Because users can introduce vulnerabilities into a network, it's important to educate them about how to protect their systems from malware, highlighting the importance of their role in the security of the network. This should be backed up by a "closed by default, open by exception" methodology, whereby users can install only the programs required to do their jobs.

Portable devices like USB keys can also introduce malicious programs, so these too need to be strictly controlled. A secure network must also include computers used by remote users. Network access control (NAC) technology should be used to ensure that only machines that comply with corporate security policies can access the network.

Even with these preventative measures in place, administrators must review logs from firewalls, intrusion detection systems, DNS servers and proxy servers. Signs of abnormal behavior can be a sign of an infection. Bots can choose any port that they want to communicate over, so look for outbound SMTP connection attempts or abnormal traffic loads on non-standard ports. Administrators should introduce strict inbound and outbound filters. Restricting outbound connections will prevent any bots from "phoning home". That way even if a bot finds its way in, it is relatively harmless if it can't communicate with its controller.

Unfortunately bots are not the only method spammers use to distribute spam. Email injection attacks often go unnoticed until antispam filters blacklist a server's IP address. If a company has an email form on its Web site, such as a feedback or contact forum, it basically acts like an SMTP proxy. Spammers try to hijack it by manipulating the mail headers, turning it into a spam relay. This attack can potentially work on any email script that fails to validate the user data it receives.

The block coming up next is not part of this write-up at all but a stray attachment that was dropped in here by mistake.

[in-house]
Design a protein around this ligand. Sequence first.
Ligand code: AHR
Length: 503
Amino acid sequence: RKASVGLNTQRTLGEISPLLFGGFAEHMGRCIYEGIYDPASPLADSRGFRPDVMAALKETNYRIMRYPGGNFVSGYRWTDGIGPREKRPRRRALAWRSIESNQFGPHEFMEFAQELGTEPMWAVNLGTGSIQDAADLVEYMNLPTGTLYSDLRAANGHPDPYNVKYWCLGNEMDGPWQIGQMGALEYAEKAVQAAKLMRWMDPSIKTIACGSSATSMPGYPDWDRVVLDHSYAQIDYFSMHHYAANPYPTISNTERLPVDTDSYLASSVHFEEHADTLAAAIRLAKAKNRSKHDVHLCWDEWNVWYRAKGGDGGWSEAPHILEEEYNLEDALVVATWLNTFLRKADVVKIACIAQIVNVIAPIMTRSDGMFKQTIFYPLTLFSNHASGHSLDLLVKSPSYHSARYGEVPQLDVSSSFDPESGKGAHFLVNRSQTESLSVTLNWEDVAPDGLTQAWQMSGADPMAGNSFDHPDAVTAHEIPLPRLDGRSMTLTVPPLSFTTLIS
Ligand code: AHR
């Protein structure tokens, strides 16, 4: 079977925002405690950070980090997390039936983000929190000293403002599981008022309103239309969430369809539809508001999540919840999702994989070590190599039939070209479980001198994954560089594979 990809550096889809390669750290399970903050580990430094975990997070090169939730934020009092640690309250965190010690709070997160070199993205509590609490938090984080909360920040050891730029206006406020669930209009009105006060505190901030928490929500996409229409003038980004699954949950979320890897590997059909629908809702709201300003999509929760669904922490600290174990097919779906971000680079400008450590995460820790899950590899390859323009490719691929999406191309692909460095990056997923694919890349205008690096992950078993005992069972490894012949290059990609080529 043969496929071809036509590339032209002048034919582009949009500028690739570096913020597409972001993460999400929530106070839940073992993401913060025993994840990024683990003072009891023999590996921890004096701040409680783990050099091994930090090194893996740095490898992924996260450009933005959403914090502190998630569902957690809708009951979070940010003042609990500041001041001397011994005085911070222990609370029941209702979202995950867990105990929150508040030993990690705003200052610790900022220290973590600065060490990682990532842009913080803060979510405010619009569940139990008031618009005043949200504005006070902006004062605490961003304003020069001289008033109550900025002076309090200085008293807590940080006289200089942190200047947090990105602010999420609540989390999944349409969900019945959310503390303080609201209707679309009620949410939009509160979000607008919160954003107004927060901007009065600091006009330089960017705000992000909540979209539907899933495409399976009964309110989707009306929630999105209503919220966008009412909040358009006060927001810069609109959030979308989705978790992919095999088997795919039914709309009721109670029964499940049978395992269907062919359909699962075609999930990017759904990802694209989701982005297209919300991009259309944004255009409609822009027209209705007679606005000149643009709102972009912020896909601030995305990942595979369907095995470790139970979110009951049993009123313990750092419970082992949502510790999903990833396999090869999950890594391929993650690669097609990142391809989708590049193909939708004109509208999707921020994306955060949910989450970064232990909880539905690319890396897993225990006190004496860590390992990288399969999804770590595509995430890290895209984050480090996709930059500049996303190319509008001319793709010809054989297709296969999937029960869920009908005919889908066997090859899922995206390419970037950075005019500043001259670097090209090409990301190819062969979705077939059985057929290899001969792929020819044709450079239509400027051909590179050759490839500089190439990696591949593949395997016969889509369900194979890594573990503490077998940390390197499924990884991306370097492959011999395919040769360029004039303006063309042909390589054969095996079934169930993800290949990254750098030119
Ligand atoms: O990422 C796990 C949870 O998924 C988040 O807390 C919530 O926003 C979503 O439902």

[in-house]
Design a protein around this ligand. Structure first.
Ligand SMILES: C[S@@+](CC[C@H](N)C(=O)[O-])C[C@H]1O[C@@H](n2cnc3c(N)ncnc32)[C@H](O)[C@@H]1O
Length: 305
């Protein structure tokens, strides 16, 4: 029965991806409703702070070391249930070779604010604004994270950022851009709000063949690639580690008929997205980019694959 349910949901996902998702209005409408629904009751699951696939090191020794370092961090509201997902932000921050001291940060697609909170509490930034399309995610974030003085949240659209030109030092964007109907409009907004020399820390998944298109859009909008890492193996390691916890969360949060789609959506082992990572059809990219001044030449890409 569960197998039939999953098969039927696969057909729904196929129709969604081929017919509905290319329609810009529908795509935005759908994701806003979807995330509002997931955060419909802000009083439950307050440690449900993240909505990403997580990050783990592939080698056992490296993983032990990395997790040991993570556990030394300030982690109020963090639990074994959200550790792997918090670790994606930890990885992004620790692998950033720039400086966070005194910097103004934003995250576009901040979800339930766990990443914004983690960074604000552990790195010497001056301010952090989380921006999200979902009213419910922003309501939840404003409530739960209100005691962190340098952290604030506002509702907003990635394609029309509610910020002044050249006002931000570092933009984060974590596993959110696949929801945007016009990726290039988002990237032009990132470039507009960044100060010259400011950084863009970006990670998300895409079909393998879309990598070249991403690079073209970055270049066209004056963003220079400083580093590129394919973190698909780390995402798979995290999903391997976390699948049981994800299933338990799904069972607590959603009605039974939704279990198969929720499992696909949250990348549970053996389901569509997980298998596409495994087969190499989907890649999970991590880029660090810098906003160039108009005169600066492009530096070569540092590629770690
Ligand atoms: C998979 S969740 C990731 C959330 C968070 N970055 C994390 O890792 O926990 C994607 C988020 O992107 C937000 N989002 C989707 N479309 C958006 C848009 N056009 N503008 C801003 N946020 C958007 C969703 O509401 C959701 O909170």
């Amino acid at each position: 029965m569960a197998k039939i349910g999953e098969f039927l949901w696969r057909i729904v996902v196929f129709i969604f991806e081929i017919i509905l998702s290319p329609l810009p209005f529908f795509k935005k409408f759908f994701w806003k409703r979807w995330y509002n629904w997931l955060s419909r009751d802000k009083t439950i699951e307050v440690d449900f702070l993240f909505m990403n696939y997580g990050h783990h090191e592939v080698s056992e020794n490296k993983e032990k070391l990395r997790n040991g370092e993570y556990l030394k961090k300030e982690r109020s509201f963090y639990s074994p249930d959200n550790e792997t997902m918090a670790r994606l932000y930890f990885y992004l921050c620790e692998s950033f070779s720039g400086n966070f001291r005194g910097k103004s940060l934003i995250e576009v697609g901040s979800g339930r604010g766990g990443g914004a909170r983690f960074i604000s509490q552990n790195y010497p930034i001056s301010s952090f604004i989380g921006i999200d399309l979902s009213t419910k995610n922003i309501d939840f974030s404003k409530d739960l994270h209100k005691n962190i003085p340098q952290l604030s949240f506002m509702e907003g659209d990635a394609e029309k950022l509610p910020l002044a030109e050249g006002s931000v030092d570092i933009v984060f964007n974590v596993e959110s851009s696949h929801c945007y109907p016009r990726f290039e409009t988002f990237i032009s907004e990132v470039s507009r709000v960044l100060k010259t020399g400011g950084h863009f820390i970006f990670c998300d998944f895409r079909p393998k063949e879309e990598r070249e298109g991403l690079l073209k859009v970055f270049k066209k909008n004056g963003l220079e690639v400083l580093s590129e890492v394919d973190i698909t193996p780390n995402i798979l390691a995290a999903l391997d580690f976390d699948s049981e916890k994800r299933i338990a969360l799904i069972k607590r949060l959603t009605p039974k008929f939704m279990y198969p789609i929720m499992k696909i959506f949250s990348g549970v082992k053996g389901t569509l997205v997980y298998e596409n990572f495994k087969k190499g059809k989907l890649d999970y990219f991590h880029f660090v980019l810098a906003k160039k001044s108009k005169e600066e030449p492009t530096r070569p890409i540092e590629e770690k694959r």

To ensure your email forms are not open to abuse, your script should:

  • Assume all data is from an untrusted source;
  • Validate all input for type, length, format and range;
  • Accept only data that is deemed valid and reject everything else;
  • Remove any line feeds or carriage returns;
  • Validate using a trusted server or application.

The war against spam, phishing scams and other email-related security issues is nowhere near over, but you can play your part in the battle. The US-CERT contends that the likelihood of becoming compromised by a bot or email injection attack is not a question of if, but when. It's critical to stay abreast of the latest research and advice on bots and have an incident response policy prepared to minimize the damage of a bot invasion.

About the author:
Michael Cobb, CISSP-ISSAP is the founder and managing director of Cobweb Applications Ltd., a consultancy that offers IT training and support in data security and analysis. He co-authored the book IIS Security and has written numerous technical articles for leading IT publications. Mike is the guest instructor for several Security Schools and, as a site expert, answers user questions on application security and platform security.

This was last published in November 2007